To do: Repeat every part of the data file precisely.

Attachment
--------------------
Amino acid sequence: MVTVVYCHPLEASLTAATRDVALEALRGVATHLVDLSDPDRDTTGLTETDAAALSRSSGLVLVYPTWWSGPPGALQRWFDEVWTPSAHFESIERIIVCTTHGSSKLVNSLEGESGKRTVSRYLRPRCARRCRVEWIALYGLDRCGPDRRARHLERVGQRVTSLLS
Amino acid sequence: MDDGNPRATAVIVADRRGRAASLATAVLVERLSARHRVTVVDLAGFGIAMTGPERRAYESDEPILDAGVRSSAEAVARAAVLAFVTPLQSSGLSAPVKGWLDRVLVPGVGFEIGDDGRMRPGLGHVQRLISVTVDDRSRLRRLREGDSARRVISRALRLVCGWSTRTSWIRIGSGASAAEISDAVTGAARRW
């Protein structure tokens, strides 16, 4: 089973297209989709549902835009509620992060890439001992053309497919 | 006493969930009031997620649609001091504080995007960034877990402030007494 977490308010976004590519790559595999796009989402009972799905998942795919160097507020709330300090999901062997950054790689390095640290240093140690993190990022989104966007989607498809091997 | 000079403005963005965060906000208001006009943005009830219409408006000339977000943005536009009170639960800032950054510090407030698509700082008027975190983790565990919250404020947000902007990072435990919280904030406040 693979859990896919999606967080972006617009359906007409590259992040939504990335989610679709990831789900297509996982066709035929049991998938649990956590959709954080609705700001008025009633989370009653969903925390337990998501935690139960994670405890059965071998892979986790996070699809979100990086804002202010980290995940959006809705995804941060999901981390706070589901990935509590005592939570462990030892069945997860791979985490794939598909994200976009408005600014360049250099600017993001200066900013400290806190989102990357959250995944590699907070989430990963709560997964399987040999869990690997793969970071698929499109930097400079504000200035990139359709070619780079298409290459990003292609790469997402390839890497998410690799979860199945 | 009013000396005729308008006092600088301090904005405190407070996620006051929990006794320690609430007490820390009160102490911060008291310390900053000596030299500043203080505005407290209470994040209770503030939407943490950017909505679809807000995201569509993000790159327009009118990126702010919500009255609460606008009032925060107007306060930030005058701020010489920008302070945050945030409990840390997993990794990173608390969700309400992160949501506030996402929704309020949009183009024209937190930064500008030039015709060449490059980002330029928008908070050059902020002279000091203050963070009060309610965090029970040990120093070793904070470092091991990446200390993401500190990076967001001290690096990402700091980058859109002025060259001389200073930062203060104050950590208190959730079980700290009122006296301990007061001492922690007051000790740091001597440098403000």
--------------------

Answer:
Amino acid sequence: MVTVVYCHPLEASLTAATRDVALEALRGVATHLVDLSDPDRDTTGLTETDAAALSRSSGLVLVYPTWWSGPPGALQRWFDEVWTPSAHFESIERIIVCTTHGSSKLVNSLEGESGKRTVSRYLRPRCARRCRVEWIALYGLDRCGPDRRARHLERVGQRVTSLLS
Amino acid sequence: MDDGNPRATAVIVADRRGRAASLATAVLVERLSARHRVTVVDLAGFGIAMTGPERRAYESDEPILDAGVRSSAEAVARAAVLAFVTPLQSSGLSAPVKGWLDRVLVPGVGFEIGDDGRMRPGLGHVQRLISVTVDDRSRLRRLREGDSARRVISRALRLVCGWSTRTSWIRIGSGASAAEISDAVTGAARRW
């Protein structure tokens, strides 16, 4: 089973297209989709549902835009509620992060890439001992053309497919 | 006493969930009031997620649609001091504080995007960034877990402030007494 977490308010976004590519790559595999796009989402009972799905998942795919160097507020709330300090999901062997950054790689390095640290240093140690993190990022989104966007989607498809091997 | 000079403005963005965060906000208001006009943005009830219409408006000339977000943005536009009170639960800032950054510090407030698509700082008027975190983790565990919250404020947000902007990072435990919280904030406040 693979859990896919999606967080972006617009359906007409590259992040939504990335989610679709990831789900297509996982066709035929049991998938649990956590959709954080609705700001008025009633989370009653969903925390337990998501935690139960994670405890059965071998892979986790996070699809979100990086804002202010980290995940959006809705995804941060999901981390706070589901990935509590005592939570462990030892069945997860791979985490794939598909994200976009408005600014360049250099600017993001200066900013400290806190989102990357959250995944590699907070989430990963709560997964399987040999869990690997793969970071698929499109930097400079504000200035990139359709070619780079298409290459990003292609790469997402390839890497998410690799979860199945 | 009013000396005729308008006092600088301090904005405190407070996620006051929990006794320690609430007490820390009160102490911060008291310390900053000596030299500043203080505005407290209470994040209770503030939407943490950017909505679809807000995201569509993000790159327009009118990126702010919500009255609460606008009032925060107007306060930030005058701020010489920008302070945050945030409990840390997993990794990173608390969700309400992160949501506030996402929704309020949009183009024209937190930064500008030039015709060449490059980002330029928008908070050059902020002279000091203050963070009060309610965090029970040990120093070793904070470092091991990446200390993401500190990076967001001290690096990402700091980058859109002025060259001389200073930062203060104050950590208190959730079980700290009122006296301990007061001492922690007051000790740091001597440098403000």